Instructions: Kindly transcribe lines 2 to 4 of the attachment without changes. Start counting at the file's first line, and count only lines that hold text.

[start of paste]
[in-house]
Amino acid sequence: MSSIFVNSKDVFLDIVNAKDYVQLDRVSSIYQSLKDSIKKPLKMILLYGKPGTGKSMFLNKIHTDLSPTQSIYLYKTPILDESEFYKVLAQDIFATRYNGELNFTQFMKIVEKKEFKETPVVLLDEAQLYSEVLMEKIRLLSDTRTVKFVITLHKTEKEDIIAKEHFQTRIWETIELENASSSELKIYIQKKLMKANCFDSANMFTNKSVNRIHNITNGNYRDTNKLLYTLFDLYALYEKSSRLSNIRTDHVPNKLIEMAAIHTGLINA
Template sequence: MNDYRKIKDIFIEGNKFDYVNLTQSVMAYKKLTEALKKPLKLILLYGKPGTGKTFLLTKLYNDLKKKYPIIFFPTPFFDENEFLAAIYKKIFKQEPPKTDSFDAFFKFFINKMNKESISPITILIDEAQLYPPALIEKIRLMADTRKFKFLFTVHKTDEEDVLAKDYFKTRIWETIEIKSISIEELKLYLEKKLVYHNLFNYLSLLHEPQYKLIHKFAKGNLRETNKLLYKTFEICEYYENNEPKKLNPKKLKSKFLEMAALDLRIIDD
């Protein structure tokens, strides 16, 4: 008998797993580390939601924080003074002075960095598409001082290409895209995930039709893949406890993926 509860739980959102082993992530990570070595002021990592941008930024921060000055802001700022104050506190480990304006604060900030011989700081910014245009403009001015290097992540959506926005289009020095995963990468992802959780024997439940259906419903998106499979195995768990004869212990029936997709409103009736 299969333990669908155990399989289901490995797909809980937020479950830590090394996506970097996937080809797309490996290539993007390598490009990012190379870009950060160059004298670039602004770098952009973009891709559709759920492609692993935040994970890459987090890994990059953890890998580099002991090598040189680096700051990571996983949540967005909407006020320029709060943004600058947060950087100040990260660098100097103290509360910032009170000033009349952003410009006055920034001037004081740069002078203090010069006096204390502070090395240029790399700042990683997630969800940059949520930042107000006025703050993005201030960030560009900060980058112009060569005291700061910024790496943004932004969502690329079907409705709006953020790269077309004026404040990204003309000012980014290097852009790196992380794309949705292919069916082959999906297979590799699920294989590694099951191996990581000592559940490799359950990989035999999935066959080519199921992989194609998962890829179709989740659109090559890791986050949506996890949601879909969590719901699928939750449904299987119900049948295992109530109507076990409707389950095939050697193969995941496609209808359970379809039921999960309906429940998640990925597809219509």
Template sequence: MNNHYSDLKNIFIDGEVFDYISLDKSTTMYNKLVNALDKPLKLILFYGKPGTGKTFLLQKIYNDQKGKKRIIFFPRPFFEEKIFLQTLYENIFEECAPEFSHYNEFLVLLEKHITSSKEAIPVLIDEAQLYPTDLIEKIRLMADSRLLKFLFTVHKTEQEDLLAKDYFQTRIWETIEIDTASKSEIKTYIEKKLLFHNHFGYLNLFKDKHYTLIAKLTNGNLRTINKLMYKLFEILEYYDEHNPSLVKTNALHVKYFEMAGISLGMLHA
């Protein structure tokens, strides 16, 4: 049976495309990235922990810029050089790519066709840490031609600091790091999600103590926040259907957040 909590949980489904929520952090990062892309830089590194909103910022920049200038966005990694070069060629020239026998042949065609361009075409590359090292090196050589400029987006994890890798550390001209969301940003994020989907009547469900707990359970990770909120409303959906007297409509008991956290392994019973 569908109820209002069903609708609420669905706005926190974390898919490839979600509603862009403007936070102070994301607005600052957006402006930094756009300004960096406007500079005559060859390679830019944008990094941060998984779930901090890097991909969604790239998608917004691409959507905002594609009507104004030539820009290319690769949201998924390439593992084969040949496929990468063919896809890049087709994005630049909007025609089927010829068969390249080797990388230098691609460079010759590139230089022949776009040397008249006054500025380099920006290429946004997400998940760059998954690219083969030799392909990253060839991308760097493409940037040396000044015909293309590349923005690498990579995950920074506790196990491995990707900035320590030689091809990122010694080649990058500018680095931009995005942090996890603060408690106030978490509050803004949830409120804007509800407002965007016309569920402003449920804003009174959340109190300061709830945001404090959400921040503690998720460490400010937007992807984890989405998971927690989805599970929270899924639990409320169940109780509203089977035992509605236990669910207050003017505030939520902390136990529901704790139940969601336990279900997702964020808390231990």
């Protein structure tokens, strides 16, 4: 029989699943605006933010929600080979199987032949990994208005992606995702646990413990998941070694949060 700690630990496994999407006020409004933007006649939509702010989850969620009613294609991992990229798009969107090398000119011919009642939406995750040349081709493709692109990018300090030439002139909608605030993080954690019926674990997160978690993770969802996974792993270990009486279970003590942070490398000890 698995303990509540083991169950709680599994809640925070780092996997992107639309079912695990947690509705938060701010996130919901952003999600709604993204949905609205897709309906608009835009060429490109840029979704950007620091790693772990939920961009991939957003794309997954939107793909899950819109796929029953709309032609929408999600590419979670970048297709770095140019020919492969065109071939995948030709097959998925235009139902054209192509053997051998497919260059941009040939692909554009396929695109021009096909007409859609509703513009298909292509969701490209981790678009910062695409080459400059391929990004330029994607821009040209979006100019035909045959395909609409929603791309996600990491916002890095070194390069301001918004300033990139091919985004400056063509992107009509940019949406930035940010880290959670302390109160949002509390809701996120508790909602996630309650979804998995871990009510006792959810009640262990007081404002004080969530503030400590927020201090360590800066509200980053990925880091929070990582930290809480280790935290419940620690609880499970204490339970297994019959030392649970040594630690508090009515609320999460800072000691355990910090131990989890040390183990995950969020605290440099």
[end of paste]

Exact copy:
Amino acid sequence: MSSIFVNSKDVFLDIVNAKDYVQLDRVSSIYQSLKDSIKKPLKMILLYGKPGTGKSMFLNKIHTDLSPTQSIYLYKTPILDESEFYKVLAQDIFATRYNGELNFTQFMKIVEKKEFKETPVVLLDEAQLYSEVLMEKIRLLSDTRTVKFVITLHKTEKEDIIAKEHFQTRIWETIELENASSSELKIYIQKKLMKANCFDSANMFTNKSVNRIHNITNGNYRDTNKLLYTLFDLYALYEKSSRLSNIRTDHVPNKLIEMAAIHTGLINA
Template sequence: MNDYRKIKDIFIEGNKFDYVNLTQSVMAYKKLTEALKKPLKLILLYGKPGTGKTFLLTKLYNDLKKKYPIIFFPTPFFDENEFLAAIYKKIFKQEPPKTDSFDAFFKFFINKMNKESISPITILIDEAQLYPPALIEKIRLMADTRKFKFLFTVHKTDEEDVLAKDYFKTRIWETIEIKSISIEELKLYLEKKLVYHNLFNYLSLLHEPQYKLIHKFAKGNLRETNKLLYKTFEICEYYENNEPKKLNPKKLKSKFLEMAALDLRIIDD
């Protein structure tokens, strides 16, 4: 008998797993580390939601924080003074002075960095598409001082290409895209995930039709893949406890993926 509860739980959102082993992530990570070595002021990592941008930024921060000055802001700022104050506190480990304006604060900030011989700081910014245009403009001015290097992540959506926005289009020095995963990468992802959780024997439940259906419903998106499979195995768990004869212990029936997709409103009736 299969333990669908155990399989289901490995797909809980937020479950830590090394996506970097996937080809797309490996290539993007390598490009990012190379870009950060160059004298670039602004770098952009973009891709559709759920492609692993935040994970890459987090890994990059953890890998580099002991090598040189680096700051990571996983949540967005909407006020320029709060943004600058947060950087100040990260660098100097103290509360910032009170000033009349952003410009006055920034001037004081740069002078203090010069006096204390502070090395240029790399700042990683997630969800940059949520930042107000006025703050993005201030960030560009900060980058112009060569005291700061910024790496943004932004969502690329079907409705709006953020790269077309004026404040990204003309000012980014290097852009790196992380794309949705292919069916082959999906297979590799699920294989590694099951191996990581000592559940490799359950990989035999999935066959080519199921992989194609998962890829179709989740659109090559890791986050949506996890949601879909969590719901699928939750449904299987119900049948295992109530109507076990409707389950095939050697193969995941496609209808359970379809039921999960309906429940998640990925597809219509």